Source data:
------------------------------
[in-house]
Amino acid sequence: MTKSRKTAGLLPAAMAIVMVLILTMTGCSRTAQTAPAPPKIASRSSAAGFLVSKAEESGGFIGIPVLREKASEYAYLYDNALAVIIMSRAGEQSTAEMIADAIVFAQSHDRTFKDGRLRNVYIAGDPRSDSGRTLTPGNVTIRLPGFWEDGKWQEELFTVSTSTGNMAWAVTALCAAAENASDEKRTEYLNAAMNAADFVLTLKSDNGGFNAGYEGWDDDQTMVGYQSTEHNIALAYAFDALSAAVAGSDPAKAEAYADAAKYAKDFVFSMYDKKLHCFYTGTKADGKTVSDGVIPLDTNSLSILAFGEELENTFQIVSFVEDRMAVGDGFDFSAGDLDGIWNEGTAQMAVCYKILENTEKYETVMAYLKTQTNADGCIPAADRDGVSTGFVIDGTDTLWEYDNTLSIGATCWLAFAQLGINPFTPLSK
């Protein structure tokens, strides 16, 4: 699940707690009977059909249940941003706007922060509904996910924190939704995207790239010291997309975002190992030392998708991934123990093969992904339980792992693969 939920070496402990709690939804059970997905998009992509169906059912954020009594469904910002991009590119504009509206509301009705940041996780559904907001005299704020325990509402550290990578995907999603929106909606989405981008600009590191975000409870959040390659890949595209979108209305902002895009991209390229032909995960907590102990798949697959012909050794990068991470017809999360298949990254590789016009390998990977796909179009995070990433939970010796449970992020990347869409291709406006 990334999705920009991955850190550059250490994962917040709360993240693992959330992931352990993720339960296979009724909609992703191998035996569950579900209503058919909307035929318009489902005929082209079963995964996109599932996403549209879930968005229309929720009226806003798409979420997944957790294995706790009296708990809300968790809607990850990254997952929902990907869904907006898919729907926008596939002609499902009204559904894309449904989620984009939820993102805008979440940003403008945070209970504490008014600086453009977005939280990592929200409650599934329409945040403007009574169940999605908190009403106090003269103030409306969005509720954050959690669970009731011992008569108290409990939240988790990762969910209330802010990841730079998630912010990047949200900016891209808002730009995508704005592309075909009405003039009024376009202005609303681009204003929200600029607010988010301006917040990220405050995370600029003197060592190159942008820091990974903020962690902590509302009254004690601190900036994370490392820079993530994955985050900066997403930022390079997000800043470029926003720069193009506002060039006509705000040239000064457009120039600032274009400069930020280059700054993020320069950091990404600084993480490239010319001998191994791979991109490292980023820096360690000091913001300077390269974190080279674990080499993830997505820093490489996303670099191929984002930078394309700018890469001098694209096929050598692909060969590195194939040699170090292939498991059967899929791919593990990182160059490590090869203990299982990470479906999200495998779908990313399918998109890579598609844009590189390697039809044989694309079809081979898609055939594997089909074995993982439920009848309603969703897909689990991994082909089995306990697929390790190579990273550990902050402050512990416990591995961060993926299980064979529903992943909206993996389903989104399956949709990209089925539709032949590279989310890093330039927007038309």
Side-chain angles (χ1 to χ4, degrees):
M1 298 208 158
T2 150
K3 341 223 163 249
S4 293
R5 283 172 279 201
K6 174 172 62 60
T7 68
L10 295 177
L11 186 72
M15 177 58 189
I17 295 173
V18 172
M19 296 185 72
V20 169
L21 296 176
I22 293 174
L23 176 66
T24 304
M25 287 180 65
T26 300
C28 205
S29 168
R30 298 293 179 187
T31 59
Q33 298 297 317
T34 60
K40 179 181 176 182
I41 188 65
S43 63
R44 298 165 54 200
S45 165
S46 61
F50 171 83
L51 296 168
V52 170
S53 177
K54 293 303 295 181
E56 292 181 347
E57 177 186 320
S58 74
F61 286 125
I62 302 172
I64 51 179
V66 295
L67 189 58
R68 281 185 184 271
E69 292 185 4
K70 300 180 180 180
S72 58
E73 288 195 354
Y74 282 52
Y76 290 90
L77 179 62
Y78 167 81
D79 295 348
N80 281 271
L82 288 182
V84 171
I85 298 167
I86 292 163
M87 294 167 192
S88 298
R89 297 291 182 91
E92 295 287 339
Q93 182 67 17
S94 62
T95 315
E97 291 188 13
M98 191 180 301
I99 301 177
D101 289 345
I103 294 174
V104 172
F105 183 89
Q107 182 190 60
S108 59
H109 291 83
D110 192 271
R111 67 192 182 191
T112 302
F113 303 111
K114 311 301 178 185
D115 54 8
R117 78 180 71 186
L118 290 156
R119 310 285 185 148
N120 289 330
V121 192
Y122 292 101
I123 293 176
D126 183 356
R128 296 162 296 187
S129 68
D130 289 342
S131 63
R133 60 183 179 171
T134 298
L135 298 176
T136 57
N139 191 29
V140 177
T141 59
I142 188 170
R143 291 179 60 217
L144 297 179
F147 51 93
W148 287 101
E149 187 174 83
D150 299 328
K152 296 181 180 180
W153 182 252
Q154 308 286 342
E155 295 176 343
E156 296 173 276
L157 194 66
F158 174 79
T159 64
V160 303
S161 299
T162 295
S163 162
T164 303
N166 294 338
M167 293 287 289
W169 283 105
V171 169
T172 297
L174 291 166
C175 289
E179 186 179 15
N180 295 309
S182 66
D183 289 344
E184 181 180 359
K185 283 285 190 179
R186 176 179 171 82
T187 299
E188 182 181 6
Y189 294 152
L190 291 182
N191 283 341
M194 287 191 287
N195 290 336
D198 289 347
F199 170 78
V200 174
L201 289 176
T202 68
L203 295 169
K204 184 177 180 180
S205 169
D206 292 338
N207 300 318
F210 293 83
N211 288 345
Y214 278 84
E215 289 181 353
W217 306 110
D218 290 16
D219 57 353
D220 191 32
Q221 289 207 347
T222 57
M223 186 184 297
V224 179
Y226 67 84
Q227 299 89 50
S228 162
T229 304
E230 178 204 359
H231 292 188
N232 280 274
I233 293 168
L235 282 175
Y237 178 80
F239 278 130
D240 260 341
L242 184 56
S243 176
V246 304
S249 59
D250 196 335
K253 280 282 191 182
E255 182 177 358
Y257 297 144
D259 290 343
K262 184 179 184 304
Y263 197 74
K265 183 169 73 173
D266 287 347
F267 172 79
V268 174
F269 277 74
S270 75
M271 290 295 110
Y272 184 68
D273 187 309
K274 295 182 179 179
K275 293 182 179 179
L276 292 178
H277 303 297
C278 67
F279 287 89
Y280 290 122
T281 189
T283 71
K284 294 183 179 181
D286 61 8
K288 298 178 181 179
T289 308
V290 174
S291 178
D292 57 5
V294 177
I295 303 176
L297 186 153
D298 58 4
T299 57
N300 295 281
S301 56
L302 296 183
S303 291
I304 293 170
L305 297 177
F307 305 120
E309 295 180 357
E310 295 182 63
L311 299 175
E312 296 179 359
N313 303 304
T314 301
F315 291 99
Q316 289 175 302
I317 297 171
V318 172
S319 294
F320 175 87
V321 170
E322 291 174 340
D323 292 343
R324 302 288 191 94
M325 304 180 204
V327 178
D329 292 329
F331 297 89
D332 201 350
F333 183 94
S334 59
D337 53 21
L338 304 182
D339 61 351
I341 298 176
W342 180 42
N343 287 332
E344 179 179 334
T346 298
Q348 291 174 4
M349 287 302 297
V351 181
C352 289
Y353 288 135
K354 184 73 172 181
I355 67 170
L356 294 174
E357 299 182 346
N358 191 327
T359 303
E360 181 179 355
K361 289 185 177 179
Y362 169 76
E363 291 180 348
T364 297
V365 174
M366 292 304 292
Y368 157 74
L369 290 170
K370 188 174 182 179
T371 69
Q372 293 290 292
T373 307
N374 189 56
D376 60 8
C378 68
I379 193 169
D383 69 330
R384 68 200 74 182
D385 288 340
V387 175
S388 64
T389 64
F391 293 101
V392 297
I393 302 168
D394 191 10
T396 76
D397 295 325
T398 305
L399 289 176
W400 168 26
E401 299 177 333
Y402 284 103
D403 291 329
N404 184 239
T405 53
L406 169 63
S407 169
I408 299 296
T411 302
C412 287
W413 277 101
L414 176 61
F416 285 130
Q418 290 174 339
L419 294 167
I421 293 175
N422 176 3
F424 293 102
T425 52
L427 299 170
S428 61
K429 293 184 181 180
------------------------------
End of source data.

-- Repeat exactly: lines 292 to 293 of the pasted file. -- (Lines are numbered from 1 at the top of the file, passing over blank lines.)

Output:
V387 175
S388 64